Both practitioners and IRS attorneys have been pleased by how the Tax Court’s Zoomgov remote proceeding platform has performed, although some have a few tweaks in mind.
The IRS Office of Chief Counsel told Tax Notes that the Tax Court’s remote proceedings have had few technological failures and “the initial skepticism of adequately assessing witness credibility has vanished.”
Lawrence Sannicandro of Kostelanetz & Fink LLP welcomed the trend of more judges keeping control of cases that are continued, especially when pro se taxpayers are able to find counsel. He had one such case that was tried February 8 in Judge Travis A. Greaves’s Lubbock, Texas, trial session after a continuance from a New York calendar call.
Sannicandro noted that he was in New Jersey, the judge was in Washington, and the IRS lawyer and taxpayer were in Virginia for that nominally Texas-based trial.
Tax Court judges normally take control of a case from the central docket only once they and the cases are assigned to trial sessions in the dozens of cities the court visits. That means that if a case is continued at a trial session, the judge who first heard the case most likely gives it back to the general docket until another judge visits that city. But with remote proceedings, judges can more easily retain jurisdiction and revisit a case at an unrelated trial session in a different city because there’s no travel required.
The IRS Office of Chief Counsel also highlighted the increased availability of proceedings, pointing to the effect on the vast majority of Tax Court petitioners who aren’t represented by attorneys or other practitioners. “Now, they are able to remotely access trials from home, without driving hours to get to the court, and missing days of work,” the office said.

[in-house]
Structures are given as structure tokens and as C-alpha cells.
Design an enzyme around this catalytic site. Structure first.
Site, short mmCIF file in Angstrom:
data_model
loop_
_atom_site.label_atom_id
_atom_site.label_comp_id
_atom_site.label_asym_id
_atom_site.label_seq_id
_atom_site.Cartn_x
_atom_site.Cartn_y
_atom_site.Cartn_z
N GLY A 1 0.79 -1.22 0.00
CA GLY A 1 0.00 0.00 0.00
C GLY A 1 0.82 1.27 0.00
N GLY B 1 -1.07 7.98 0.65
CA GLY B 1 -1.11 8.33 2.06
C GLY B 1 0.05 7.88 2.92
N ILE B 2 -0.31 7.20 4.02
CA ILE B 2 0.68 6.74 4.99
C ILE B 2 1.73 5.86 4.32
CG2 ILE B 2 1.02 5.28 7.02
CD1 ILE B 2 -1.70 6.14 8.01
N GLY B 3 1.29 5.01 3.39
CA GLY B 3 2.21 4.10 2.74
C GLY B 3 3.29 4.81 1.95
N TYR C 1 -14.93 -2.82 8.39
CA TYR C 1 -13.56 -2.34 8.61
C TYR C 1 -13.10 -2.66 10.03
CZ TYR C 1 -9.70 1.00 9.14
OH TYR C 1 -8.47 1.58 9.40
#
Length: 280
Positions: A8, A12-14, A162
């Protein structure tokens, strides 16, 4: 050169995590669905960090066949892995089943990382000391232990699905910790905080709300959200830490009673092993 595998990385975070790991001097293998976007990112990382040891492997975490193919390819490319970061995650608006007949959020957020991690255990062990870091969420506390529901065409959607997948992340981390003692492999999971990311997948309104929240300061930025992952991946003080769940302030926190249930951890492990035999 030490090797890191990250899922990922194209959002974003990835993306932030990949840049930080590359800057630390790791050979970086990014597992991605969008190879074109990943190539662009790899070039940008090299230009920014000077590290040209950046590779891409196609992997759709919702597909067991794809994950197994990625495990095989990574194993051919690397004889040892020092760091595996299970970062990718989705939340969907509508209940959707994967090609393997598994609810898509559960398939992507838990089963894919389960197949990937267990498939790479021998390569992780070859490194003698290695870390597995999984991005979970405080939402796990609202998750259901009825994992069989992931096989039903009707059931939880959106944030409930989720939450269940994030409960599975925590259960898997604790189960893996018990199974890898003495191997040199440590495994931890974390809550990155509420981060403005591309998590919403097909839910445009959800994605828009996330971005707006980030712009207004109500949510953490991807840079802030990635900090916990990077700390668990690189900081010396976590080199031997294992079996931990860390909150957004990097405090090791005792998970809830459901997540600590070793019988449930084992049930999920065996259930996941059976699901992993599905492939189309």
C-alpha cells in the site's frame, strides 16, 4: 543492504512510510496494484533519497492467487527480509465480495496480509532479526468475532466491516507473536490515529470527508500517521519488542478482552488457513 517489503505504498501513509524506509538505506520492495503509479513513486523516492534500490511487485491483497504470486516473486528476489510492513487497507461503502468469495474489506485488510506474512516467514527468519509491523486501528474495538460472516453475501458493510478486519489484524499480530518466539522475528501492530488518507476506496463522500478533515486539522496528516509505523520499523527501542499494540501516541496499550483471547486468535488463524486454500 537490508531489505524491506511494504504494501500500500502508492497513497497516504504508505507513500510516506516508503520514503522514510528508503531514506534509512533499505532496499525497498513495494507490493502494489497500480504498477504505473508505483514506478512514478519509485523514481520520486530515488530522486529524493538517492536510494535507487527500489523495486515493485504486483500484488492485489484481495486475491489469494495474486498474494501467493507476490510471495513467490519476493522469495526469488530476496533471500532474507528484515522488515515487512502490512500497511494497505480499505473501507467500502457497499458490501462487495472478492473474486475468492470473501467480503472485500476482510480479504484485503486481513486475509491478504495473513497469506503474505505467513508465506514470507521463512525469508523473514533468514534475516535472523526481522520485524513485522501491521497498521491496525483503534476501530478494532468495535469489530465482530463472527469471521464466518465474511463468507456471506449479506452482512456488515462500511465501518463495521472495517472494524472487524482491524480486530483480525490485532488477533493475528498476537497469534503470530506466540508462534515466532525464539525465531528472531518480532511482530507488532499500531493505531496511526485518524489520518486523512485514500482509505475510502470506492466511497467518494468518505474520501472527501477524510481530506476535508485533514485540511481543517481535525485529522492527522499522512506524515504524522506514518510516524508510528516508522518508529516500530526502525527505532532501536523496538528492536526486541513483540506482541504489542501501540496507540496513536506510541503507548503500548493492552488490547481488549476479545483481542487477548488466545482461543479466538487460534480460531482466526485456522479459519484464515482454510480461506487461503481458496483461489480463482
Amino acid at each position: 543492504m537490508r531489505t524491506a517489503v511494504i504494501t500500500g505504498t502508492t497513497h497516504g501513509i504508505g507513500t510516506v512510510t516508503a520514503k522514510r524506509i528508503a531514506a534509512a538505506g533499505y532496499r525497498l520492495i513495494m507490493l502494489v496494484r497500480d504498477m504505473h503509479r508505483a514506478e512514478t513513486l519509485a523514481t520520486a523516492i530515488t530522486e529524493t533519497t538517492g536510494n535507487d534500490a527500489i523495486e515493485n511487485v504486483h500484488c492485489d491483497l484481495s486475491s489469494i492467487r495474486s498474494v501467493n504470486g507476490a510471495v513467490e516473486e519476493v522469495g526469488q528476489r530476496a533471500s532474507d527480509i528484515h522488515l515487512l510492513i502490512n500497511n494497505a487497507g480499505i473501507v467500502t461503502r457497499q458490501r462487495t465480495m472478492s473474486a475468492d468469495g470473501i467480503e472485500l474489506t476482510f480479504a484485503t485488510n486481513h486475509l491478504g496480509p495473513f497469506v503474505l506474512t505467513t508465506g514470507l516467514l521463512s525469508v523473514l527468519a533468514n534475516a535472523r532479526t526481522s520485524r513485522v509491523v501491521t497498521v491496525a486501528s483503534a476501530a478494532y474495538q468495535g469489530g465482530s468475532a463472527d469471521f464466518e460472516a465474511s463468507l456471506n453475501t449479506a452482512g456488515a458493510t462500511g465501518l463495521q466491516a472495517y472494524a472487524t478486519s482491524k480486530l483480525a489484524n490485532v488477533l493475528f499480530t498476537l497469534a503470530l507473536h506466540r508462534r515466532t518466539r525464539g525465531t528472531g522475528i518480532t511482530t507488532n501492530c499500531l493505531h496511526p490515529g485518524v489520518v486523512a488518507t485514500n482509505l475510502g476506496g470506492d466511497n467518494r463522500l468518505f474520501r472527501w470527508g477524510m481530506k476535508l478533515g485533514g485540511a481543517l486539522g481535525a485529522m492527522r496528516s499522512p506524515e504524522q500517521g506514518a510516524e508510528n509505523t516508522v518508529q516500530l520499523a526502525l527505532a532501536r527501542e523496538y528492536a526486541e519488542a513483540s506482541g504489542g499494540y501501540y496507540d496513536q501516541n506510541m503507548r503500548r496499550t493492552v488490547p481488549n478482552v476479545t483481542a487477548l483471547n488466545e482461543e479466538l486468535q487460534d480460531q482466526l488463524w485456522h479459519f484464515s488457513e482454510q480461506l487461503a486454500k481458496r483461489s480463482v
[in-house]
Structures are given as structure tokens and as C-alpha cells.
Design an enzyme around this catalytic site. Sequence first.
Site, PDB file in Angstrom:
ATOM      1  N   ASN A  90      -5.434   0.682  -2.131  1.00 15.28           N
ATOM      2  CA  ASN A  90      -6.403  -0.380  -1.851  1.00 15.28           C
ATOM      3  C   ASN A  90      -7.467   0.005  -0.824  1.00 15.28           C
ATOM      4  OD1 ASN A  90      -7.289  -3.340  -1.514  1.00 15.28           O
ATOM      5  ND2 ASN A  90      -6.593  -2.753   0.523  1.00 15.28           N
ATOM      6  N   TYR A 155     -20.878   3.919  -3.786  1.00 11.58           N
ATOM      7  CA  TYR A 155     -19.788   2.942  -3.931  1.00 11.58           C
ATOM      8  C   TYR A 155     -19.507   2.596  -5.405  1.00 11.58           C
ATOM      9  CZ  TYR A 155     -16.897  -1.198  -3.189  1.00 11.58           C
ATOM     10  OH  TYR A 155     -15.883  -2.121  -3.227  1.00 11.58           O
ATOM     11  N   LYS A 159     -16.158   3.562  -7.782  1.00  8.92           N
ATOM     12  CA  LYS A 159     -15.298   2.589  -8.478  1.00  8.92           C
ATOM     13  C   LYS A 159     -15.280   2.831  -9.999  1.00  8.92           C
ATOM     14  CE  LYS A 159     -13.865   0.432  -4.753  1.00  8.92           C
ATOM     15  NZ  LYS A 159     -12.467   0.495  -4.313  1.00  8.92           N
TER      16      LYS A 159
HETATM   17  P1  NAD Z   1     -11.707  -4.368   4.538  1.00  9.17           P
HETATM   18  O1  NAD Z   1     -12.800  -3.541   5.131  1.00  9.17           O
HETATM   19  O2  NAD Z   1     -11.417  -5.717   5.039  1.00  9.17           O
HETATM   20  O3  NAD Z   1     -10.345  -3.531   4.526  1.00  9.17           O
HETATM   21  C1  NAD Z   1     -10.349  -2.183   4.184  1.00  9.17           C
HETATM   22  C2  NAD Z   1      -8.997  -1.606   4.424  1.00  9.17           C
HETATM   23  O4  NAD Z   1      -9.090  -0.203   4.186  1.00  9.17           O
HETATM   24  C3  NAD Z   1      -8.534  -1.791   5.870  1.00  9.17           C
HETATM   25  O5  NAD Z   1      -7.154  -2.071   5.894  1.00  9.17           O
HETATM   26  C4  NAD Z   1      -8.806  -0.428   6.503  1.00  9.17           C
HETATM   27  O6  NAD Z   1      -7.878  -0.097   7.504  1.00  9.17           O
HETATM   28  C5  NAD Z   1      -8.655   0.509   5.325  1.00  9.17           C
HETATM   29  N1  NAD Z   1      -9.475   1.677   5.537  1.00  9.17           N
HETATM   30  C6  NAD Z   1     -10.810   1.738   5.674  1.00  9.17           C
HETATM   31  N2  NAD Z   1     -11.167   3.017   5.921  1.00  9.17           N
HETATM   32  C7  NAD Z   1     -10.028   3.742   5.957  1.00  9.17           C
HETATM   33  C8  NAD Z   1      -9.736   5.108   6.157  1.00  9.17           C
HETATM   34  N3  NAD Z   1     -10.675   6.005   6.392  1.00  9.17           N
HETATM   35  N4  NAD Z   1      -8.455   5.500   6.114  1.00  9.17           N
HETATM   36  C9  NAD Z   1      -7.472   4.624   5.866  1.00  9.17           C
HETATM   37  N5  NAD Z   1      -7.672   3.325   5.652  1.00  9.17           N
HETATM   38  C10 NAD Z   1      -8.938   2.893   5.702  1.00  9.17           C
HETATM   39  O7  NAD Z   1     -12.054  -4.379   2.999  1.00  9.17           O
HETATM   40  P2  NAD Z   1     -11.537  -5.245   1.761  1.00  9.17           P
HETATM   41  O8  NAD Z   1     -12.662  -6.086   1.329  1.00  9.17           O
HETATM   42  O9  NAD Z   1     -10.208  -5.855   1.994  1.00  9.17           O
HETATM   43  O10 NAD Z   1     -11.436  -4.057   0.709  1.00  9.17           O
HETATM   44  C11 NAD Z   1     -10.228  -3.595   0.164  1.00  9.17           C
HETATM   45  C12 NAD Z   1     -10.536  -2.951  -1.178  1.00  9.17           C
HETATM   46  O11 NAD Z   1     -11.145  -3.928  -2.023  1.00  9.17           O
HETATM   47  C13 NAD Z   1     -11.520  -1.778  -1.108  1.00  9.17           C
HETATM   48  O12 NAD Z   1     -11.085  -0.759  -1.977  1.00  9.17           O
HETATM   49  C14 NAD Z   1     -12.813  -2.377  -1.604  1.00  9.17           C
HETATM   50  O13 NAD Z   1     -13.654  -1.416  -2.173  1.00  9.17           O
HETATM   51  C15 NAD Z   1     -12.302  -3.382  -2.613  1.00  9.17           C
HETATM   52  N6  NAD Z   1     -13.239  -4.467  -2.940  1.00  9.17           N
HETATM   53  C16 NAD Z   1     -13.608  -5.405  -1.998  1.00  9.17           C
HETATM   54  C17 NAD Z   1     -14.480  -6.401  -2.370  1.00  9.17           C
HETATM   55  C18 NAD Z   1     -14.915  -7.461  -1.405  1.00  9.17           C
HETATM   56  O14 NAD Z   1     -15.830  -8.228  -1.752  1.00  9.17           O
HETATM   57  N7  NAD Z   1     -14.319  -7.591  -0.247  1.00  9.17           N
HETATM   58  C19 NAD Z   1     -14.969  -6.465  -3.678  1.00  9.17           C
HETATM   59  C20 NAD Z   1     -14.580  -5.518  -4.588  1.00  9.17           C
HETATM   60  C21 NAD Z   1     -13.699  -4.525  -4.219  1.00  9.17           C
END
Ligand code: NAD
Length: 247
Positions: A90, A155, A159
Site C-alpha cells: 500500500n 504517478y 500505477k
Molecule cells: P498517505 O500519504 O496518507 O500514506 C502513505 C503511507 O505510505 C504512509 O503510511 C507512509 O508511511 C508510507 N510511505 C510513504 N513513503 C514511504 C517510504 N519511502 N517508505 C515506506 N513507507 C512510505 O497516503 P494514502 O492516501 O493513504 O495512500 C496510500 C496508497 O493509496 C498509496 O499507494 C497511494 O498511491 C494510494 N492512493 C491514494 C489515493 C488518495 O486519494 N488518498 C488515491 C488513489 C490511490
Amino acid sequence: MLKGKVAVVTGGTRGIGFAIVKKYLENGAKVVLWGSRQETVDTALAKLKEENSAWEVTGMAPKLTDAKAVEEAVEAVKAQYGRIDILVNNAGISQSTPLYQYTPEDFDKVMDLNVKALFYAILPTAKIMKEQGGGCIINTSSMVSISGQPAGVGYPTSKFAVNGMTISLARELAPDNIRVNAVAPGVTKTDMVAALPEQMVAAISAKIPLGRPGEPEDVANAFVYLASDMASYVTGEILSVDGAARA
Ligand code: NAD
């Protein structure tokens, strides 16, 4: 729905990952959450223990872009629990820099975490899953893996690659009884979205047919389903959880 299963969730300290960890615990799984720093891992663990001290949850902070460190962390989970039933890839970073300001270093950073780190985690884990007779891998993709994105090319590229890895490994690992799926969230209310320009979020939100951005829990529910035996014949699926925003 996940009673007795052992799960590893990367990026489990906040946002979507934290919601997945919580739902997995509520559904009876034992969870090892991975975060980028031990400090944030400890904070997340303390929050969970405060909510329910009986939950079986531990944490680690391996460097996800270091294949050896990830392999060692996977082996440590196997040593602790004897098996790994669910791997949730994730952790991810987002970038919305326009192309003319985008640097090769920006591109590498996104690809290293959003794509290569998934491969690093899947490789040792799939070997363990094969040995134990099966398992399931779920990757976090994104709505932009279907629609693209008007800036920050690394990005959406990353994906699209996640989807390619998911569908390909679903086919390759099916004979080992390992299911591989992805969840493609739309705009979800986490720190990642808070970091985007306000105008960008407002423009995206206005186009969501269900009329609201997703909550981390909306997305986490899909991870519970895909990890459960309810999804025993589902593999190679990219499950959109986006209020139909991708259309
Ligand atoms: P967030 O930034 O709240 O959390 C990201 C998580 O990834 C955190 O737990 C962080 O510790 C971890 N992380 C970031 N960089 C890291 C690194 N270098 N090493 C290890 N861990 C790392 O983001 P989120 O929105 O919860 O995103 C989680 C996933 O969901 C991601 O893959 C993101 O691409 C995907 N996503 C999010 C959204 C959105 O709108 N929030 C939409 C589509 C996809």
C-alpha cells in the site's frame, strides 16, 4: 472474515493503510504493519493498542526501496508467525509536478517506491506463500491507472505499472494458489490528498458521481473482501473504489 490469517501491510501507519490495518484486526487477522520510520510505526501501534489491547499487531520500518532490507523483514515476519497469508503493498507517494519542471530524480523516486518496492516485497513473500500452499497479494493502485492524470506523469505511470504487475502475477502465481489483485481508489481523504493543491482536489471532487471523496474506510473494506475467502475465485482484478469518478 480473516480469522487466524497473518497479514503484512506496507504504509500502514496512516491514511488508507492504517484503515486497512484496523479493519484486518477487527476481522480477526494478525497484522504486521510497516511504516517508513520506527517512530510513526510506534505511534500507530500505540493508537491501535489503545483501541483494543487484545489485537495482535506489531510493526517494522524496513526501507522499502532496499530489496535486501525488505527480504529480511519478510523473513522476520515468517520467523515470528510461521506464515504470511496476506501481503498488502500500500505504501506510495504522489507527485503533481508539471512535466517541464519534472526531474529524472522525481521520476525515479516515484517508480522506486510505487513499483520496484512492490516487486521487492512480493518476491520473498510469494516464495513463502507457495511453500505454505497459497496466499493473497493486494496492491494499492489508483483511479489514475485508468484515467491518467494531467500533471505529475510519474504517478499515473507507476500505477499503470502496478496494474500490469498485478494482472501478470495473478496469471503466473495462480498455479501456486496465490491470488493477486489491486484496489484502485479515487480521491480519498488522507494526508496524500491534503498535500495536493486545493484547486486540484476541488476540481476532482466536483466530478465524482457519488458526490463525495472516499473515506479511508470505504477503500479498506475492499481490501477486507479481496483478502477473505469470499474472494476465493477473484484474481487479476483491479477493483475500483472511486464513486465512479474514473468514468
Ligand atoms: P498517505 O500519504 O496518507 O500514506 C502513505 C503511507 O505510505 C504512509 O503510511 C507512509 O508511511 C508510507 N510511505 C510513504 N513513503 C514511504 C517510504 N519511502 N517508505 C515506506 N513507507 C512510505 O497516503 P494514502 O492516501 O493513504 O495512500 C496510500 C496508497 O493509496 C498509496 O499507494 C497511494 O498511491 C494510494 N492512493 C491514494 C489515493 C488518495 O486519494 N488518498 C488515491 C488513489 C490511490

Nancy Abramowitz, director of the Janet R. Spragens Federal Tax Clinic at American University, said her impression from the remote proceedings she’s observed is that petitioners don’t seem to think they’ve lost some of their access to justice with the move to Zoomgov. The Tax Court still appears to them to be offering a fair shake, she said.
At the outset of the COVID-19 pandemic last year, the Tax Court had to cancel dozens of trial sessions all over the country and create a set of remote trial procedures. The court resumed most of its operations online in September, meaning practitioners, the IRS, petitioners, and the public have had nearly six months of experience with the remote proceedings.
A Few Concerns
A. Lavar Taylor of the Law Offices of A. Lavar Taylor LLP said that while he hasn’t had any full remote trials, he’s still concerned about some of the lost interactions from in-person trials. It’s not just that he wants the judges to fully see the witnesses; he also wants to be able to read the judges, he said.
But when there are legal arguments or pretrial proceedings, Zoomgov and other videoconferencing platforms work well, especially when they are replacing voice-only conference calls, Taylor said. While he hasn’t directly participated in any Tax Court remote proceedings, some others at his firm have, and he’s made remote arguments in other cases, including two before the Ninth Circuit, he said.
Taylor agrees with the sentiment many others have voiced that there will be a post-pandemic place for remote proceedings, but said he would prefer that it be confined to everything other than fact development trials.